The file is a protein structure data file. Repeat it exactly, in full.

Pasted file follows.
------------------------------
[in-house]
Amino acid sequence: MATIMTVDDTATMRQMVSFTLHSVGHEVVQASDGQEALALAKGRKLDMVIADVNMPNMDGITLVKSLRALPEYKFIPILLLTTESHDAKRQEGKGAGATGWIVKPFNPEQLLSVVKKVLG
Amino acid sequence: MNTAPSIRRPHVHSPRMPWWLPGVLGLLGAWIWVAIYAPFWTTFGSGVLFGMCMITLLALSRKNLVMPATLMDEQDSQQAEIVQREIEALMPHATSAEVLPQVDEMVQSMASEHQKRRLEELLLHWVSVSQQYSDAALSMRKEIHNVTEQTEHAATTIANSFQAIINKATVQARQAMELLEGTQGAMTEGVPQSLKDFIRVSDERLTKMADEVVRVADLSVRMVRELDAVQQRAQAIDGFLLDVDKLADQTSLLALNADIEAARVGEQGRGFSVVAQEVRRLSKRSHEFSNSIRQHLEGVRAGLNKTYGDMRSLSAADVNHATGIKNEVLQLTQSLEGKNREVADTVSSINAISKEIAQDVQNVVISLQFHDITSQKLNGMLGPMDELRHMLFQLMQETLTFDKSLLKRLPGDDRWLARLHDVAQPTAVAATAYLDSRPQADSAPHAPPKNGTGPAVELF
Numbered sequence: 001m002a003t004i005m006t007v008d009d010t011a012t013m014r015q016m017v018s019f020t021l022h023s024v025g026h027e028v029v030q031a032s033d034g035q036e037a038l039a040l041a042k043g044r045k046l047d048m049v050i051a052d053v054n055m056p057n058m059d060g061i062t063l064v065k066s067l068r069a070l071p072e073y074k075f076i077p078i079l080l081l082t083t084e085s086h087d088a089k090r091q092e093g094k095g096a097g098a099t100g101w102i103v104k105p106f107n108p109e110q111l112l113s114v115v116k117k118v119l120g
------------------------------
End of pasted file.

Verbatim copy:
[in-house]
Amino acid sequence: MATIMTVDDTATMRQMVSFTLHSVGHEVVQASDGQEALALAKGRKLDMVIADVNMPNMDGITLVKSLRALPEYKFIPILLLTTESHDAKRQEGKGAGATGWIVKPFNPEQLLSVVKKVLG
Amino acid sequence: MNTAPSIRRPHVHSPRMPWWLPGVLGLLGAWIWVAIYAPFWTTFGSGVLFGMCMITLLALSRKNLVMPATLMDEQDSQQAEIVQREIEALMPHATSAEVLPQVDEMVQSMASEHQKRRLEELLLHWVSVSQQYSDAALSMRKEIHNVTEQTEHAATTIANSFQAIINKATVQARQAMELLEGTQGAMTEGVPQSLKDFIRVSDERLTKMADEVVRVADLSVRMVRELDAVQQRAQAIDGFLLDVDKLADQTSLLALNADIEAARVGEQGRGFSVVAQEVRRLSKRSHEFSNSIRQHLEGVRAGLNKTYGDMRSLSAADVNHATGIKNEVLQLTQSLEGKNREVADTVSSINAISKEIAQDVQNVVISLQFHDITSQKLNGMLGPMDELRHMLFQLMQETLTFDKSLLKRLPGDDRWLARLHDVAQPTAVAATAYLDSRPQADSAPHAPPKNGTGPAVELF
Numbered sequence: 001m002a003t004i005m006t007v008d009d010t011a012t013m014r015q016m017v018s019f020t021l022h023s024v025g026h027e028v029v030q031a032s033d034g035q036e037a038l039a040l041a042k043g044r045k046l047d048m049v050i051a052d053v054n055m056p057n058m059d060g061i062t063l064v065k066s067l068r069a070l071p072e073y074k075f076i077p078i079l080l081l082t083t084e085s086h087d088a089k090r091q092e093g094k095g096a097g098a099t100g101w102i103v104k105p106f107n108p109e110q111l112l113s114v115v116k117k118v119l120g